Catacombs and Cathedrals
Russell Moore writes an interesting piece in The Christian Post entitled “Catacomb Christianity and Cathedral Christianity.” As we writes, Moore is in Rome leading a seminary study tour, and there are indeed a few things in Rome to study and tour that relate to early Christianity. In Rome there are great edifices built to celebrate and proclaim the Christian faith (like the Saint John Lateran Cathedral) and there are the ruins of the ancient catacombs where earlier Christians worshiped during the dark days of Roman persecution. The catacombs and the cathedrals, says Moore, remind us of the paradoxical ways in which God works to show us His grace. The catacombs remind us of the desperate faith of our persecuted ancestors that lived and grew in the valley of the shadow of death. The cathedrals remind us that that ancient faith not only survived and thrived, it far outlasted the powerful forces that were so marshaled against it.
Moore suggests that the catacombs and the cathedrals remind us of two very important truths—“God's sovereignty in sending down the faith, and the frailty of humanity as stewards of that faith.” Those dual truths of God’s power and our frailty has been the history of the church from the very beginning, and that continues to be story of the church today. Moore writes--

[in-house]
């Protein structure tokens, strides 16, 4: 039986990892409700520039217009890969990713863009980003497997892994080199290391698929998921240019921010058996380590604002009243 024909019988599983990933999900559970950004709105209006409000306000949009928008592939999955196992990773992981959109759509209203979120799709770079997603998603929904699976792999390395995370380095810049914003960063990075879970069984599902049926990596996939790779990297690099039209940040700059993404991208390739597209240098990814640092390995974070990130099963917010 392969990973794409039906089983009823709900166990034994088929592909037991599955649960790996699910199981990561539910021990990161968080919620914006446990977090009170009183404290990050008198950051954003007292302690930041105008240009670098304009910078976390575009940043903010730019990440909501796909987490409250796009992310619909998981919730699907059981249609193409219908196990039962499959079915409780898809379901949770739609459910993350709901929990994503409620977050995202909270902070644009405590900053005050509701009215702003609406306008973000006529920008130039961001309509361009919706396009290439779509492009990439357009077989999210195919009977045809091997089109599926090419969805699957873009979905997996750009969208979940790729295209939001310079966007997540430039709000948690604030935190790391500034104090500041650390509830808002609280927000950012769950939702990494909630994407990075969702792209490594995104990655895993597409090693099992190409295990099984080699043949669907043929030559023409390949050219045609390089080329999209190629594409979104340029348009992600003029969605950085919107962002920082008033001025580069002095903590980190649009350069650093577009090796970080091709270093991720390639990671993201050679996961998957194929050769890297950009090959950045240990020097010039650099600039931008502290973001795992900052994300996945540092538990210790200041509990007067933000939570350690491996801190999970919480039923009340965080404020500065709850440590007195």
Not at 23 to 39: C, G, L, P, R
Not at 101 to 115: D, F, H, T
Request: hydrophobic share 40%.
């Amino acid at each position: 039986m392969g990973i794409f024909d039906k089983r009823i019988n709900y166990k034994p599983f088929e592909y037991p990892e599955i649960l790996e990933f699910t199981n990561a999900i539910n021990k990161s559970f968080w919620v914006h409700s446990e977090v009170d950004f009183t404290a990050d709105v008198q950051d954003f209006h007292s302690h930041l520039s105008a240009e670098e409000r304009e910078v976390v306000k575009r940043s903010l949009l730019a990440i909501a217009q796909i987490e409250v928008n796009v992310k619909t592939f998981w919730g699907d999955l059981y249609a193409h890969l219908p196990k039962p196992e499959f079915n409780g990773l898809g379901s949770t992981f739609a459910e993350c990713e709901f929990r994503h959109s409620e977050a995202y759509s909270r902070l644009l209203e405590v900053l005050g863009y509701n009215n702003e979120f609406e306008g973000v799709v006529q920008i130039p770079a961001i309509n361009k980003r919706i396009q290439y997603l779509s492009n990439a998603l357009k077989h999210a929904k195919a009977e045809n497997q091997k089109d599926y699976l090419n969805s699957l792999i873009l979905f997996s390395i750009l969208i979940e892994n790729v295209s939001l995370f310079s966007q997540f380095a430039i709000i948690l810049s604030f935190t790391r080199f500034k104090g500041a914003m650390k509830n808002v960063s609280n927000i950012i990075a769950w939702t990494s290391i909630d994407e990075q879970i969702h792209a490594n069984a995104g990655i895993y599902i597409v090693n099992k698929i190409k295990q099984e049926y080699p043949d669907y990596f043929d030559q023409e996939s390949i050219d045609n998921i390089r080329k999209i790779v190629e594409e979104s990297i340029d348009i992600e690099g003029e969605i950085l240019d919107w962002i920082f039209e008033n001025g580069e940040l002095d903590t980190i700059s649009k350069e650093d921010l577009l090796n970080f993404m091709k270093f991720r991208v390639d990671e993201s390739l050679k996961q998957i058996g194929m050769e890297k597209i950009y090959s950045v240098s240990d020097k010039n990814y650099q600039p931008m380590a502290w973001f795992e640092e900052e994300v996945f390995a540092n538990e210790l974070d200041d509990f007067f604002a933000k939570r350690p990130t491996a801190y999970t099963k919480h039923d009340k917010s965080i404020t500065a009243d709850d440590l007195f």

We can't romanticize the early persecuted church. After all, the New Testament Scriptures are often rebuking those churches for precisely the things we see going on in our churches today: division, carnality, immorality, arrogance (1 Cor. 4:7-13, 5:1-8, 6:1-8). And, if Christianity had remained in the catacombs, it is quite possible that you and I would have never encountered Christ.
The basilica at Saint John Lateran was planted there by the Emperor Constantine. His vision of a Christian empire was, of course, a failed experiment that led to persecution and all sorts of nominal Christianity. And yet, God used Constantine to end a bloody persecution and to, among other things, call together the church to deal with a deadly heresy or two. In the providence of God, the Trinitarian theism by which I critique the idea of Christian empire came down to me due, in part, to the unwitting actions of the prototypical Christian emperor.
Moore warns us that if we see only the catacombs, then we might glamorize smallness in and of itself and thus make impotence equivalent to faith and holiness. If we do that, then we may excuse our inability to make any impact in the world around us. But if we only see the cathedrals, then we might tend to identify godliness with size, success, influence and power. We need to see God at work in both the catacombs and the cathedral… and we also need to see the fragility of human weakness at work in both. Moore ends his article with this reminder—
The kingdom of God is vast and tiny, universal and exclusive. Our story is that of a little flock and of an army awesome with banners. It's a Christianity of persecution and proliferation, of catacombs and cathedrals.